Bowl (kuduo), Asante, Offin River, Ghana, 16th/18th(?) century. Brass, 15 x 32 cm. British Museum, London, Af1955,05.225. Image © The Trustees of the British Museum. Shared under a Creative Commons Attribution-NonCommercial- ShareAlike 4.0 International (CC BY-NC-SA 4.0) license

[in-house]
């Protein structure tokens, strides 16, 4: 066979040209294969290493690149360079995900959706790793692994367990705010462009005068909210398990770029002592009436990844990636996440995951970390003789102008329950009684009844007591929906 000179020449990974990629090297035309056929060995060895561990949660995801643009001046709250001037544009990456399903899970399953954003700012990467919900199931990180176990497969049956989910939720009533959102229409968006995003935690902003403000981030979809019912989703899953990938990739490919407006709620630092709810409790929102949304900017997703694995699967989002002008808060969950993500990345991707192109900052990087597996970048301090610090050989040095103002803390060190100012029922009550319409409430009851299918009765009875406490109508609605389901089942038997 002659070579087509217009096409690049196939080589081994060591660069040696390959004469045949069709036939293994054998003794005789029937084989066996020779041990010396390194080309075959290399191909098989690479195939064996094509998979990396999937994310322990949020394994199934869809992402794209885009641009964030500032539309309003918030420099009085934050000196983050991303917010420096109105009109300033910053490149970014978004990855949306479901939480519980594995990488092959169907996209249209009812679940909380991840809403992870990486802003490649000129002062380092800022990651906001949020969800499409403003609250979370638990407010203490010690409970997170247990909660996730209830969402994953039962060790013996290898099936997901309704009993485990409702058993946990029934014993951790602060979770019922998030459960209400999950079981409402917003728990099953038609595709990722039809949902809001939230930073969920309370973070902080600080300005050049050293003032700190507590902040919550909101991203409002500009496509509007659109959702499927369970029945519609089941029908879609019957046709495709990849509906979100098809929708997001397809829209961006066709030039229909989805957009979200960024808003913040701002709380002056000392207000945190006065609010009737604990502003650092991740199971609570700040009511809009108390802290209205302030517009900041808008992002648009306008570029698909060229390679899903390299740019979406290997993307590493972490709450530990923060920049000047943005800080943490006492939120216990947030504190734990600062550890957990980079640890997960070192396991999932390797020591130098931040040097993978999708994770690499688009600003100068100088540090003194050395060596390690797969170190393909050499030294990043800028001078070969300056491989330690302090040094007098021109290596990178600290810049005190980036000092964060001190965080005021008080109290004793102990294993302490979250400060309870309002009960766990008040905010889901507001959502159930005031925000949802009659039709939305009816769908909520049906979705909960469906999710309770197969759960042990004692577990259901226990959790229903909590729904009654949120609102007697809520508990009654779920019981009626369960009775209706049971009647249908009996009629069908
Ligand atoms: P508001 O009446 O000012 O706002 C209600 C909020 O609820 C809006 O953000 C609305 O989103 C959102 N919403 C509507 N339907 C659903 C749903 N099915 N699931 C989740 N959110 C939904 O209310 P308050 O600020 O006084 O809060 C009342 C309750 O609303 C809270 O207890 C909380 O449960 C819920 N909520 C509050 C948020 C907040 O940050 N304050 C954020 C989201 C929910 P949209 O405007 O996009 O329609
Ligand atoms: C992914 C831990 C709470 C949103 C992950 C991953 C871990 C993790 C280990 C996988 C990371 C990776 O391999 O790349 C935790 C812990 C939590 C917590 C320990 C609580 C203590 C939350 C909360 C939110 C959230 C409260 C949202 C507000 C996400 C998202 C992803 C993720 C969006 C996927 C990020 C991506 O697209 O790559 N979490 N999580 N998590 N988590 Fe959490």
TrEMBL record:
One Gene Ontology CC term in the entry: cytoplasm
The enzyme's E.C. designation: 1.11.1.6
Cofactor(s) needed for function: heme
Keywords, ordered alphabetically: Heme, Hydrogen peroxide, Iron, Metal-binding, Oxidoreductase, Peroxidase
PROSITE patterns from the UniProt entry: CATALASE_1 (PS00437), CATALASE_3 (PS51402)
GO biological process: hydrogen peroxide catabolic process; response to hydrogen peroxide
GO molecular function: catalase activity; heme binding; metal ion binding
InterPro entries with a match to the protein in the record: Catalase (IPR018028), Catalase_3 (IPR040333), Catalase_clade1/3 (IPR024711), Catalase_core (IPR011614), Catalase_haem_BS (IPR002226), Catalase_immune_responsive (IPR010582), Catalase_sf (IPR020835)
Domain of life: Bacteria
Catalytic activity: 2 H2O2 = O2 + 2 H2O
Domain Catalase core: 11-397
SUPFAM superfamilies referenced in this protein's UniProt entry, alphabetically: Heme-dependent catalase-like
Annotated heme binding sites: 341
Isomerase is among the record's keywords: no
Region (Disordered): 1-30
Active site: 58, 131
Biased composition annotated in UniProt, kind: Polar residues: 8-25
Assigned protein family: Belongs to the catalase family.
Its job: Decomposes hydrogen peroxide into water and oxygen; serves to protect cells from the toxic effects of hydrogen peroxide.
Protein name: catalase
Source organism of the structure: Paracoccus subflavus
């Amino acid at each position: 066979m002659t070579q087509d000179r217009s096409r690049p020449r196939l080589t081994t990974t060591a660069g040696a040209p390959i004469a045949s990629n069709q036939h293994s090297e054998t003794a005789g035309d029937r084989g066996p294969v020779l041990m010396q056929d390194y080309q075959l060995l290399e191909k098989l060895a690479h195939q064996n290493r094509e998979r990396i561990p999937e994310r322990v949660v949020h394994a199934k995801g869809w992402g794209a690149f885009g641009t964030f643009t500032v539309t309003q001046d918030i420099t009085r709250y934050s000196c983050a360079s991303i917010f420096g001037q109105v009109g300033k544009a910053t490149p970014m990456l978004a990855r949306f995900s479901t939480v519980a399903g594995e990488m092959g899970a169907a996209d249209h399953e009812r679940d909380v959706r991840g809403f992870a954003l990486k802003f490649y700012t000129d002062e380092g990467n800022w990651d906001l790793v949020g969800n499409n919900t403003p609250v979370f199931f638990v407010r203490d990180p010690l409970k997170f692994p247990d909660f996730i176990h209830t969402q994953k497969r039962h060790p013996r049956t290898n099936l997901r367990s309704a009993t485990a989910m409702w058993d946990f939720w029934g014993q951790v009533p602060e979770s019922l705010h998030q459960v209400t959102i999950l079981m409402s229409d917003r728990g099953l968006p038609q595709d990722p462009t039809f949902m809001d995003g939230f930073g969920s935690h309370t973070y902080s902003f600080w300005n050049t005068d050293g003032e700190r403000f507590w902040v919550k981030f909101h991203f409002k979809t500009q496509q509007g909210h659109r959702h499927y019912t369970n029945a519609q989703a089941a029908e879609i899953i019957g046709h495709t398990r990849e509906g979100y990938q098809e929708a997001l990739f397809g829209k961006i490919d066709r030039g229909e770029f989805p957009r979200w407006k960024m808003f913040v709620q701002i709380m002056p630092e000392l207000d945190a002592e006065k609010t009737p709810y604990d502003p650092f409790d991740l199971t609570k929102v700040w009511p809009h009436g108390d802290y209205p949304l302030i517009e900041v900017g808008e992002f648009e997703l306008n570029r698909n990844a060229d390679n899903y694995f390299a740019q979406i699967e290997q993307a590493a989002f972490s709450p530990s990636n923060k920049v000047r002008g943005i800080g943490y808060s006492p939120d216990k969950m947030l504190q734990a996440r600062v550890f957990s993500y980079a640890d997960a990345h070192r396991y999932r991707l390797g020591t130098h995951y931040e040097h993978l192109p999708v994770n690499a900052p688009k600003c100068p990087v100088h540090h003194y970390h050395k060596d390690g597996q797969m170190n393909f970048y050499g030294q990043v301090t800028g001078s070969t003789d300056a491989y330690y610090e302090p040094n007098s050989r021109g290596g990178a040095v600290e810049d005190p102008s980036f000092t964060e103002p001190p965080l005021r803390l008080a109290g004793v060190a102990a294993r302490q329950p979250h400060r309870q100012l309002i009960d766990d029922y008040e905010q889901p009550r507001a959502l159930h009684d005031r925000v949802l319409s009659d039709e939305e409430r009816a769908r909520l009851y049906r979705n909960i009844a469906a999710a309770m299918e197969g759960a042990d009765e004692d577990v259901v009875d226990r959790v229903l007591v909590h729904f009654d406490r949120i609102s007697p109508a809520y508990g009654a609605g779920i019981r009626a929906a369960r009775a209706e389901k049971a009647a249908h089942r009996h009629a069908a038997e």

This bowl was discovered in 1909 while dredging for gold along the banks of the Offin River in southern Ghana. Its formal similarity to the 14th- and 15th-century Mamluk brass bowls and basins manufactured thousands of miles away in Egypt provides compelling evidence that it was inspired by the northeastern African imports. Its profile and surface decoration are almost identical to Mamluk period Arabic-inscribed bowls, but details such as the use of “pseudo script”— an attempt by an artist unfamiliar with Arabic to capture the formal essence of Arabic calligraphy— and the representation of stylized crocodiles and mudfish, inhabitants of the Akan forest, in two of the eight medallions reveal that it is of local manufacture.